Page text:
EphB1 null mice exhibit neuronal loss in substantia nigra pars reticulata and spontaneous locomotor hyperactivity

A. Brent Richards, Tracy A. Scheel, Kan Wang, Mark Henkemeyer, Lawrence F. Kromer

Research output: Contribution to journalArticlepeer-review

25 Scopus citations


The molecular mechanisms that regulate basal ganglia development are largely unknown. Eph receptor tyrosine kinases are potential participants in this process as they regulate development of other CNS regions and are expressed in basal ganglia nuclei, such as the substantia nigra (SN) and striatum. To address the role of Eph receptors in the development of these nuclei, we analysed anatomical changes in the SN and striatum of mice with null mutations for EphB1. These mice express β-galactosidase as a marker for cells normally expressing EphB1. In situ hybridization data and a direct comparison of SN neurons expressing tyrosine hydroxylase (TH) and/or the β-gal marker for EphB1 revealed that EphB1 is not expressed in TH+ neurons of pars compacta (SNc), but is restricted to neurons in pars reticulata (SNr). Consistent with this, we find that EphB1 null mice exhibit a significant decrease in the volume and number of neurons (40% decrease) in SNr, whereas the volume and number of TH+ neurons in SNc is not significantly affected nor are there changes in the distribution of nigrostriatal dopamine neurons. Although EphB1 is expressed in the striatum, EphB1-/- mice exhibit no significant changes in striatal volume and TH fiber density, and have no obvious alterations in striatal patch/matrix organization. Behavioral evaluation of EphB1 null mice in an open-field environment revealed that these mice exhibited spontaneous locomotor hyperactivity. These results suggest that EphB1 is necessary for the proper formation of SNr, and that neuronal loss in SNr is associated with altered locomotor functions.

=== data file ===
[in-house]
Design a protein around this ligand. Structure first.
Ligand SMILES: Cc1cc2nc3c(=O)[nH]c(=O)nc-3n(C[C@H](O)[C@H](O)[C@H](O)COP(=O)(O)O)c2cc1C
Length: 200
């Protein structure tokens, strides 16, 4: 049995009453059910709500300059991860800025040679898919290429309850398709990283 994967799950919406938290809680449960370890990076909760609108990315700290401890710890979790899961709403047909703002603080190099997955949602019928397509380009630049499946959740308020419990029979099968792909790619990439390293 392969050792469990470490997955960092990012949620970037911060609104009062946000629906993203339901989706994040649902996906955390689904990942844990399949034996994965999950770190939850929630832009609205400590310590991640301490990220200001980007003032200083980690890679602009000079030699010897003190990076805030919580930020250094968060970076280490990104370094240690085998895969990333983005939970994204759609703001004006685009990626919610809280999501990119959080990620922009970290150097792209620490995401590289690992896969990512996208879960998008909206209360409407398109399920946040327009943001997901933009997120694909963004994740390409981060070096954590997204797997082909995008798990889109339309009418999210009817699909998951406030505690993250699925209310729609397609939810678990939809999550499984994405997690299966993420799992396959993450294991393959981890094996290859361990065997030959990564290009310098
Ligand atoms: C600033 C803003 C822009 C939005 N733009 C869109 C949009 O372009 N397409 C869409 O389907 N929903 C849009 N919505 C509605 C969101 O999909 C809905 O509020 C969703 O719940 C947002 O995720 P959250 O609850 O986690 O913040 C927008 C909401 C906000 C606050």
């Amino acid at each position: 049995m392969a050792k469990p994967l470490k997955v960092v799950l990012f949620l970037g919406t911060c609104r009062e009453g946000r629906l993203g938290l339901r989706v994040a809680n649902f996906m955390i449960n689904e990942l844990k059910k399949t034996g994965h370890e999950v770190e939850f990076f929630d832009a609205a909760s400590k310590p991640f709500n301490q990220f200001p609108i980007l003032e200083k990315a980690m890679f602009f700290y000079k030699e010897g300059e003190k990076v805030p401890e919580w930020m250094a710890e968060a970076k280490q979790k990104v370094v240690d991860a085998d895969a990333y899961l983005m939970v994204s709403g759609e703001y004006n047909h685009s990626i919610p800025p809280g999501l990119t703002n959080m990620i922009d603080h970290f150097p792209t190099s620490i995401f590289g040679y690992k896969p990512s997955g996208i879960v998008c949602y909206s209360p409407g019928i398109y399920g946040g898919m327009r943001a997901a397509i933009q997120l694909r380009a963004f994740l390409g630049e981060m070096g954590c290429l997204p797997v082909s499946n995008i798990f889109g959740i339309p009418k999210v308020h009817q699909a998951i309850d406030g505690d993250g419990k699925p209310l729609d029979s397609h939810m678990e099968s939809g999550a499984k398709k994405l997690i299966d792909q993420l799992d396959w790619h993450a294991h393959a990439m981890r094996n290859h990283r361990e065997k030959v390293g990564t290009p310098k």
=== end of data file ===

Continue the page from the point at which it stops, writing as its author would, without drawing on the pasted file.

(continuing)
Original languageEnglish (US)
Pages (from-to)2619-2628
Number of pages10
JournalEuropean Journal of Neuroscience
Issue number9
StatePublished - May 2007


  • Basal ganglia
  • Development
  • Dopamine
  • Ephrin
  • Mouse
  • Striatum

ASJC Scopus subject areas

  • Neuroscience(all)


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